WHAT IS THE WALL?
The memorial is an open-air circular pavilion, 200 feet (61 m) in diameter. Around the entire outside are 366 8-foot-tall (2.4 m) black granite panels, each one representing a day the year. The casualties are listed according to what day they were killed.
In the middle of the circular pavilion is a red oak, the state tree of New Jersey. This tree provides shade for three statues, one of a dying soldier, one of a nurse tending to his wounds, and one soldier standing at their sides. They represent those who died, the women in the war, and those who came back safely, respectively. They also represent multiple nationalities as the fallen soldier is white, the standing soldier is African American, and the nurse is Latino.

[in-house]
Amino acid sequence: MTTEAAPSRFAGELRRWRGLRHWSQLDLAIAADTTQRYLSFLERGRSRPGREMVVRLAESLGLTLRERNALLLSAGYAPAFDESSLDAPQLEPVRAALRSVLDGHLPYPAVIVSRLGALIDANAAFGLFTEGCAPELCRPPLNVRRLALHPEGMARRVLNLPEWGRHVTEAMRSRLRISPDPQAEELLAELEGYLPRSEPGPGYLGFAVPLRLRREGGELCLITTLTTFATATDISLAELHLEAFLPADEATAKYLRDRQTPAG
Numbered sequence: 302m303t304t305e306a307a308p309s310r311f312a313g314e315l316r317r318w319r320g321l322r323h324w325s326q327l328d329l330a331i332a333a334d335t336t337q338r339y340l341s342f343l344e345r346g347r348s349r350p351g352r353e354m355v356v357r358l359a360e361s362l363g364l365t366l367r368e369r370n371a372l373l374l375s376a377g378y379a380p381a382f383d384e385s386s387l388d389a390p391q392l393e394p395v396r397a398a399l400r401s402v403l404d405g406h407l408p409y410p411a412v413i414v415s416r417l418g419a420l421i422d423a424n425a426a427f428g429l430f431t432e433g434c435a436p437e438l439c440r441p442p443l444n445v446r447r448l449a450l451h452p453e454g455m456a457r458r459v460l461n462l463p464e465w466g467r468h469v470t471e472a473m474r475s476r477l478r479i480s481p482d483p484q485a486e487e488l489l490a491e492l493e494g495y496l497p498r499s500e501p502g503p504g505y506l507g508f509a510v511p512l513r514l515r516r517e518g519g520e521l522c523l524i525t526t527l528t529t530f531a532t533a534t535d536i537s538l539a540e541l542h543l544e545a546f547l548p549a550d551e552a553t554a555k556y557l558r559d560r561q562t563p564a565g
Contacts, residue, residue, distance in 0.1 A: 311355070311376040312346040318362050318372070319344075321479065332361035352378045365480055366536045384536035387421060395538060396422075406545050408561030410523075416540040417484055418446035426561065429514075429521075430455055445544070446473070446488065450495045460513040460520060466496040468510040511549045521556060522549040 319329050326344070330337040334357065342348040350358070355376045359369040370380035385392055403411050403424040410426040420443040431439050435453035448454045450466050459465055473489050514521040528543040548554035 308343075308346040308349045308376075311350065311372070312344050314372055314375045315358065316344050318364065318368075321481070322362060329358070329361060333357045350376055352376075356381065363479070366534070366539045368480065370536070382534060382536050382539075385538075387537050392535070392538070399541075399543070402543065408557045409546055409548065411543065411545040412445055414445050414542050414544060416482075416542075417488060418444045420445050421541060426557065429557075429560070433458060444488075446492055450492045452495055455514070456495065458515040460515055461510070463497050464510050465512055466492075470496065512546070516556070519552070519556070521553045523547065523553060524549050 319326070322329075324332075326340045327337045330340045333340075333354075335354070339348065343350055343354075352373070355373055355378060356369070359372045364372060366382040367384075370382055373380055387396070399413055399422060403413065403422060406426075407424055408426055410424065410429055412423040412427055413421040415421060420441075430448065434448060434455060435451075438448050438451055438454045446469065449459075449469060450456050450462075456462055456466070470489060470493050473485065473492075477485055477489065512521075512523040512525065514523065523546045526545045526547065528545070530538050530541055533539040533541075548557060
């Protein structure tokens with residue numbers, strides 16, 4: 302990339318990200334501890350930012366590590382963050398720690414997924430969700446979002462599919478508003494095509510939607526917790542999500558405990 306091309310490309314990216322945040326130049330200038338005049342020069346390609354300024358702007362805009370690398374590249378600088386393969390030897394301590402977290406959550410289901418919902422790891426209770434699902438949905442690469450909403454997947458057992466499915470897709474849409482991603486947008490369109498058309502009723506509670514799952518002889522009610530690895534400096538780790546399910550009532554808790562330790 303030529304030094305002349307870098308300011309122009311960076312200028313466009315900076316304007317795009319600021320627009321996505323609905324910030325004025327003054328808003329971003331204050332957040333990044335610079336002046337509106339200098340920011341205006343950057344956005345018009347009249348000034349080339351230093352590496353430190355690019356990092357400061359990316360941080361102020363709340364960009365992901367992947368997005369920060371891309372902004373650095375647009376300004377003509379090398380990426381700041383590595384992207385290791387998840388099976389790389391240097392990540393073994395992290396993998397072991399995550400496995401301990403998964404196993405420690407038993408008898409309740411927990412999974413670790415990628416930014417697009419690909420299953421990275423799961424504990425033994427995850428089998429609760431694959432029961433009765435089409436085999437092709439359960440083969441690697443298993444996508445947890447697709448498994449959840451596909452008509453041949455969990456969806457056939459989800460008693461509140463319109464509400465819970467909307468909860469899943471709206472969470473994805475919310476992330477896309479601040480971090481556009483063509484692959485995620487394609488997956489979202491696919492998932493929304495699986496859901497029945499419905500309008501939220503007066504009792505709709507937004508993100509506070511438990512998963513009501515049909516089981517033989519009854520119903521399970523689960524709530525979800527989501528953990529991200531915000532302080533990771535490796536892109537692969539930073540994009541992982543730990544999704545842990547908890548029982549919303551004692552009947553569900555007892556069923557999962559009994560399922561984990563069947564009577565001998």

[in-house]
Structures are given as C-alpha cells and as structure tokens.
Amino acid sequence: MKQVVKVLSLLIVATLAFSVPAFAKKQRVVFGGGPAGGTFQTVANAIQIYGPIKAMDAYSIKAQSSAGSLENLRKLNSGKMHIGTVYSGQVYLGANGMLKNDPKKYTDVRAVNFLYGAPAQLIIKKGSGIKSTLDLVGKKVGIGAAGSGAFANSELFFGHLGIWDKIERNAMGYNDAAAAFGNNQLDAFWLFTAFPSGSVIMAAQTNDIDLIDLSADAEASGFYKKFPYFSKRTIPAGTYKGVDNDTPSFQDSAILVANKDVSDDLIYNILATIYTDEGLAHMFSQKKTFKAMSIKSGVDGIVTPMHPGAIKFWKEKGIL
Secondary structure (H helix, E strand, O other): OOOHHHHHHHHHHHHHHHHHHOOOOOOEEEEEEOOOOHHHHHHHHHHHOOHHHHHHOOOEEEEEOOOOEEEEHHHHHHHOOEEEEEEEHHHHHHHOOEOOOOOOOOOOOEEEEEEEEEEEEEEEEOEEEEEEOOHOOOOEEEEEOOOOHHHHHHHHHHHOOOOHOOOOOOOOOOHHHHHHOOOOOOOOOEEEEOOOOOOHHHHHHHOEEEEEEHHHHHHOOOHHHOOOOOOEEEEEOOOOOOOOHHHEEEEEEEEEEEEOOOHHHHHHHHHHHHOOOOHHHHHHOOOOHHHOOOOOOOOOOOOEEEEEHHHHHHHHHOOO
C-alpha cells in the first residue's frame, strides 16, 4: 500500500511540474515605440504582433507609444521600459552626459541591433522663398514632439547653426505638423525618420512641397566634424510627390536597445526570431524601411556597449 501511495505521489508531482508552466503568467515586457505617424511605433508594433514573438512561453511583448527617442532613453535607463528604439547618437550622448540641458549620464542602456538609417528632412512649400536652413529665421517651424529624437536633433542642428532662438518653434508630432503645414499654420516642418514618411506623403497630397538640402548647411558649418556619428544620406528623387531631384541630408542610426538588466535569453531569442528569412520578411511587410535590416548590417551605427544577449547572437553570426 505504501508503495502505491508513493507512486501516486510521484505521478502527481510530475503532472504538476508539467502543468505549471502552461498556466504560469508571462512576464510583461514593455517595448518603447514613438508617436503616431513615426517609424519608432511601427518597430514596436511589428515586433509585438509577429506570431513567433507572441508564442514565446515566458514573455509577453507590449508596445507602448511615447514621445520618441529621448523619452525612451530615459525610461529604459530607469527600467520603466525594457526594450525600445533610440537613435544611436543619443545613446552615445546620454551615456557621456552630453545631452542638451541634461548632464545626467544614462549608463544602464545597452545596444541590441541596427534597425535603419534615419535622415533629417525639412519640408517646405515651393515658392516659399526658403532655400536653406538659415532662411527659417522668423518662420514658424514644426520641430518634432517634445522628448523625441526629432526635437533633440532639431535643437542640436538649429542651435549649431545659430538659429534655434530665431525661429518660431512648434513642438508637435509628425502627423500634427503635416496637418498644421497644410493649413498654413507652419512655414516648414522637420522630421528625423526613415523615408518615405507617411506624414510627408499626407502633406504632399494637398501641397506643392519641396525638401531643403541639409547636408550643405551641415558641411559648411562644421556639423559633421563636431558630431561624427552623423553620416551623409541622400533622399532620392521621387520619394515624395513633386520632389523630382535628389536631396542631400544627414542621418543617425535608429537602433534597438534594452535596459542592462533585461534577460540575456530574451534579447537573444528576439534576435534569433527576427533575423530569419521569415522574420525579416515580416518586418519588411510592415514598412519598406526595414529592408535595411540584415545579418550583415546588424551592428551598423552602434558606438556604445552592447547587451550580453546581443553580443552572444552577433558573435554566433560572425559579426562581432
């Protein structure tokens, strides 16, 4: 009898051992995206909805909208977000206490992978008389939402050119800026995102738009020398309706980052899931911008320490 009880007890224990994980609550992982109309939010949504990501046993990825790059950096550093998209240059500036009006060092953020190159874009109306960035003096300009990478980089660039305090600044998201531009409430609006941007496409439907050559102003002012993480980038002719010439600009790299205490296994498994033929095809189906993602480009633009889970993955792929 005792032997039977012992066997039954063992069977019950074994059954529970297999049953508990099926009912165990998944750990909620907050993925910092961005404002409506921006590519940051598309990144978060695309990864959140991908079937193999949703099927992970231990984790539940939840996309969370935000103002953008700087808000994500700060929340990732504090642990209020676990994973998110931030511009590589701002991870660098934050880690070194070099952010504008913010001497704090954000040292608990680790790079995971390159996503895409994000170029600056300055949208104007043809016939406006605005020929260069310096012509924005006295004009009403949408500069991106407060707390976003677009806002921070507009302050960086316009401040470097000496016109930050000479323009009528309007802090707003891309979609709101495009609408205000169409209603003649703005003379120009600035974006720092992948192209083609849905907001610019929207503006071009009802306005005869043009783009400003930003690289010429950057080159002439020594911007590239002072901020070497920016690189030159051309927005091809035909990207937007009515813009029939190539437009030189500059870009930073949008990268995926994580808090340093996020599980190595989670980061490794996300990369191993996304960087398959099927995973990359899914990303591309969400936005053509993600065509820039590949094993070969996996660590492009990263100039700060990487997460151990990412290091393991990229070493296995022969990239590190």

The stone panels are arranged so they are about 12 feet (3.7 m) higher than the inner courtyard. The ten stairways and two ramps leading up to them intersect, as the designer did not want the pathways for the handicapped separate. These ramps are arranged in a double helix, each one ascending to the top in half of the circle. The two entrances to the memorial are tunnels, symbolizing the trip the soldiers took to Vietnam.
The memorial is oriented so that the May Seventh panel, the day the war ended, points towards Vietnam.